The Climate Resiliency Fellows is a program of the Nisqually River Education Project, South Sound GREEN and Chehalis Basin Education Consortium. After the annual Summer Teacher Institute, the Fellows meet quarterly to talk climate science, explore new curriculum and support each other in bringing climate change education into the classroom. Melissa Miller is an Evergreen Elementary teacher and a Climate Resiliency Fellow this year; here, she blogs about her students’ experience at the 16th Annual Chehalis Basin Student Congress! Thanks, Melissa, for all that you do!
We recently had the opportunity to attend the 16th Annual Chehalis Basin Student Congress at Centralia Community College, and it was a great experience! A number of schools that lived within the same watershed area had been sampling local water sources throughout the school year, and this was their opportunity to get together and, as real scientists do, share their findings with each other. We were the odd ones out because we actually live in a different watershed, but everyone made us feel included. Students exchanged “trading cards” featuring their local water sampling sites, discussed their water quality testing data, and identified problematic “hot spots” within their observed data. They then discussed possible factors that negatively impacted the water quality. Students listed everything from pollution to garbage to dog waste, and then they considered possible solutions to the problems. As a group, they chose one recommendation to present later in the day.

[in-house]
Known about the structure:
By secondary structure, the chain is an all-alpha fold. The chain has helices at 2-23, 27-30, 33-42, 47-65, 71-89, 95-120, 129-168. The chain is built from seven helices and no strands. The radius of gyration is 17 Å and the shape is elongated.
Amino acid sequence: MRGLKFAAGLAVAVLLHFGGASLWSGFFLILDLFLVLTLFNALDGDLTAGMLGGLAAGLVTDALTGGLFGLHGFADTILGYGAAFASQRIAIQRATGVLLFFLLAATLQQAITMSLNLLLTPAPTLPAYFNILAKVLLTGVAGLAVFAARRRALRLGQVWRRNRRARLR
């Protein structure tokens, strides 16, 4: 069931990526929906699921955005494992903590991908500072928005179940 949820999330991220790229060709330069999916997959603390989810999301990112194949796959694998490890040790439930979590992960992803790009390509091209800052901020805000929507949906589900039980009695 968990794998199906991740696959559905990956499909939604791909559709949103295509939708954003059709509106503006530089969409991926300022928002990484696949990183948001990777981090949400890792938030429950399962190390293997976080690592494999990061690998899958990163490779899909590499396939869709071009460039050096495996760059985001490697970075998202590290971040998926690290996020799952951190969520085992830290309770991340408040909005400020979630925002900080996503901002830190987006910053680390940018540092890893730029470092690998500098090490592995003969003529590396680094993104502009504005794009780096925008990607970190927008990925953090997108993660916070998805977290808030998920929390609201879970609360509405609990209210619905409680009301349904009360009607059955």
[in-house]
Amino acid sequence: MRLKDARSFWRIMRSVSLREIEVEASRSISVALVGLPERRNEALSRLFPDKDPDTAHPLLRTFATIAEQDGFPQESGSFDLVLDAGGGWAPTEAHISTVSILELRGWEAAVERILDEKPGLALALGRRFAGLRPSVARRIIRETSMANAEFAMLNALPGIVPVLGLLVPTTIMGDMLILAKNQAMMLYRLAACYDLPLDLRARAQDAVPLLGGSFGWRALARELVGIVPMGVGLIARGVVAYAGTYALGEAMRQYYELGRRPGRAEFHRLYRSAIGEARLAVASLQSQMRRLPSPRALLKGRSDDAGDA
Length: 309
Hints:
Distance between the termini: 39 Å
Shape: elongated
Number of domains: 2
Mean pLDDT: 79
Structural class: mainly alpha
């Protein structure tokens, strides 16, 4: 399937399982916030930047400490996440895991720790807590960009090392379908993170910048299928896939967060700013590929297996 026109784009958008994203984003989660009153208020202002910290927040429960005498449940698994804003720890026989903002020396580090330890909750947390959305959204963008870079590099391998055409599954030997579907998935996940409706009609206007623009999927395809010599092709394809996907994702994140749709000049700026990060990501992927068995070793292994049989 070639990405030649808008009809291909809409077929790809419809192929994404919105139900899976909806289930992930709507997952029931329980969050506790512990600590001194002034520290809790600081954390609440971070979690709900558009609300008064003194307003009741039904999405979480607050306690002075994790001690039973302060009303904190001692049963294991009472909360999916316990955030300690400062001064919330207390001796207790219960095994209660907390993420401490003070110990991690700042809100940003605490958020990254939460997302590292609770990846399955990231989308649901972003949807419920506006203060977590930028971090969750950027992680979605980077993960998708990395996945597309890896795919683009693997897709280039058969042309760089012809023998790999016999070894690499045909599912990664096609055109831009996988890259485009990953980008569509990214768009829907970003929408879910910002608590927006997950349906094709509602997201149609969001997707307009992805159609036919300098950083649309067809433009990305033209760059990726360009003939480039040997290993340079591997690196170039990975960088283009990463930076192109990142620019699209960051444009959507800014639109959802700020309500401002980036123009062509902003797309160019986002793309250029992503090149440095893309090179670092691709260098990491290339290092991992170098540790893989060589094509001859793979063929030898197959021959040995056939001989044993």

The best part of the day was getting to watch students settle into the role of scientist. They each had their own schedule and were grouped with students from other schools, so as they nervously gripped their papers and found their way to their assigned rooms, I watched them transition from shy children to confident scientists. It was fun seeing them interact with students from other schools as they discussed ideas, and I loved watching individual students go in front of a room of strangers to present their water quality data to their breakout group! At the very end of the day, representatives from each breakout group stood in front of several hundred students to share their recommendations for improving local quality. Two of our students took the stage first and addressed the full gymnasium, sharing their ideas.
This opportunity provided a meaningful culmination for months’ work of water quality study and sampling. It allowed students to experience what scientists do as they come together and share their findings, and it allowed students to interact with other peers individually, in small groups, and in a presentation setting.
A bonus was having it at a college campus–since returning, several students have mentioned that they might want to attend college at Centralia Community College. Maybe they will go there. But wherever they go, this experience was one more drop in a bucket of meaningful, authentic science experiences that will prepare them for whatever future they choose.